The Future Of Art Is Flaccid & Obtuse

The Future Of Art Is Flaccid & Obtuse

Apparently, artificial intelligence is now at the stage whereby it’s creating mesmerising art with such potency that it’s fooling historians, curators and even Bendor Grosvenor.

Yup, machines, not content to snaffle up our manufacturing, hospitality and retail jobs have turned their beady electronic eyes to our creative impulses. Soon there’ll be nothing left, we’ll live in our comfy insular bubbles, chomping away on genetically enhanced fast food delivered by Mikey, our local drone. Netflix box sets, white walls and glazed eyes.

Or will we? Is AI really capable of producing good art? The kind of art that sends us spiralling into a cerebral frenzy as our grey matter tries to comprehend how we’re feeling?

Art like this by Caspar David Friedrich (1774-1840).

Wanderer above the Sea of Fog (c. 1817)

One man’s imagination drifting across an endless vista of misty peaks amid an unknowable territory. Is he the master of his destiny or merely a pawn in nature’s omnipotent game?

Beyond its initial dreamlike impact, Wanderer releases even more for the conscious soul as you reveal its story. You can learn about Friedrich, the Romantics, its historical context, the view itself etc etc. You bind yourself to it - and it to you.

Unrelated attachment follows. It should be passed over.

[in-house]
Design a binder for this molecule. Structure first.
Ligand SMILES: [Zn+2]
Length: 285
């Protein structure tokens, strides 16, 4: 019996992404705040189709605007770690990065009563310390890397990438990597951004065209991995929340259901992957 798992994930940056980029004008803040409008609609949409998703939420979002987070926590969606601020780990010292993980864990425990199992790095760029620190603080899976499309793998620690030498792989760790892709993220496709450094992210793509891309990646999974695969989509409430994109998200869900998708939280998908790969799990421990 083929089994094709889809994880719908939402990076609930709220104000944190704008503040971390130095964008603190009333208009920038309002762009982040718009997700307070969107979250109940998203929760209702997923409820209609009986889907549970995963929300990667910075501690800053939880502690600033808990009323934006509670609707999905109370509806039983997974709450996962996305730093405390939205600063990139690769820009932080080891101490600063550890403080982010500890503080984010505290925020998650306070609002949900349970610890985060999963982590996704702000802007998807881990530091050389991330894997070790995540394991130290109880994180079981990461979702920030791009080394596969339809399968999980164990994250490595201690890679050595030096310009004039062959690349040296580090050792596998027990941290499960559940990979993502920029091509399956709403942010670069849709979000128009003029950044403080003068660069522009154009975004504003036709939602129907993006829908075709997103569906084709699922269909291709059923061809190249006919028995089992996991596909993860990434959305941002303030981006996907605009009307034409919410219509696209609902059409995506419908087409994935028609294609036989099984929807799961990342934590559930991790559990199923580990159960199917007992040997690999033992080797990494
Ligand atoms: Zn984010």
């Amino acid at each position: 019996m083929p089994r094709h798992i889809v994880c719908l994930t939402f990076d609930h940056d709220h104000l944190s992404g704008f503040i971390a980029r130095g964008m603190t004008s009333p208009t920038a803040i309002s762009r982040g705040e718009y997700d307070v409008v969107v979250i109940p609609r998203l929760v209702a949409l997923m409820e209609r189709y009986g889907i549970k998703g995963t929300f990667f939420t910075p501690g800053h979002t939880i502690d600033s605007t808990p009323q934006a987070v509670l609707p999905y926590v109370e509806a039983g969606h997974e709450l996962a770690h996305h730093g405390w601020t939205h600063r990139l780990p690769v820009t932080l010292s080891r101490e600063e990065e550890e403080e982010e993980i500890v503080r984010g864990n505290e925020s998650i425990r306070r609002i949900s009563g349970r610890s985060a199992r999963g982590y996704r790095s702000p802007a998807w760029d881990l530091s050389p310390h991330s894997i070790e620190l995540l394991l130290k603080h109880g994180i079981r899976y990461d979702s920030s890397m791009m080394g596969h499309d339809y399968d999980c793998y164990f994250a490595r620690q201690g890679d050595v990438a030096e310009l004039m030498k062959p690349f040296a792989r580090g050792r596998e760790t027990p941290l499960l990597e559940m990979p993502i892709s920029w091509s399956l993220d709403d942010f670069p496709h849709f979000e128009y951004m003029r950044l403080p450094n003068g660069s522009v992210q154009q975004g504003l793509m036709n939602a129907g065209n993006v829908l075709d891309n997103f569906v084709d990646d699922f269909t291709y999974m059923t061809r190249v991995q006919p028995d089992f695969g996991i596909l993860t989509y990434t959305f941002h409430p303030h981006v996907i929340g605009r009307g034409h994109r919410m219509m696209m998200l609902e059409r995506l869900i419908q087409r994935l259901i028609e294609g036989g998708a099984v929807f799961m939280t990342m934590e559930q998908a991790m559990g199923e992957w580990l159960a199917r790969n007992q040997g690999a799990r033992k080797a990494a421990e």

Is this possible with machines? Well, let's find out.

AI image generators (the future of all visual art, so I’m told) are everywhere in Google. Here’s what happened when I asked each of them to ‘paint’ an image based on the phrase ‘Wanderer above the Sea of Fog’.

Our hero reaches the summit despite the crutches. Brought a shopping trolley.

Hey Jacques, make mine an absinthe.

Georges, the geography teacher, sends back holiday snaps from a distant planet.

Sinister advertisement for a wonky pair of elven boots.

Jarvis Cocker photographed on a rainbow by a small child.

Zeus grows a third leg. Falls over.

Thank goodness mother packed lunch.

You could claim these are works of art, I accept that. Essentially AI is a tool, used by my hand, to create an image. But regardless of their aesthetics, there’s zero substance. It’s an obtuse gallery of disconnected graphics floating in the ether, tethered to nothing.

And I say this as a fully-paid up admirer of Marcel Duchamp’s fountain. Which is incidentally where I’d place all of these random concoctions - if they actually existed.

Without a story, art is nothing.

Author: Andy Shield
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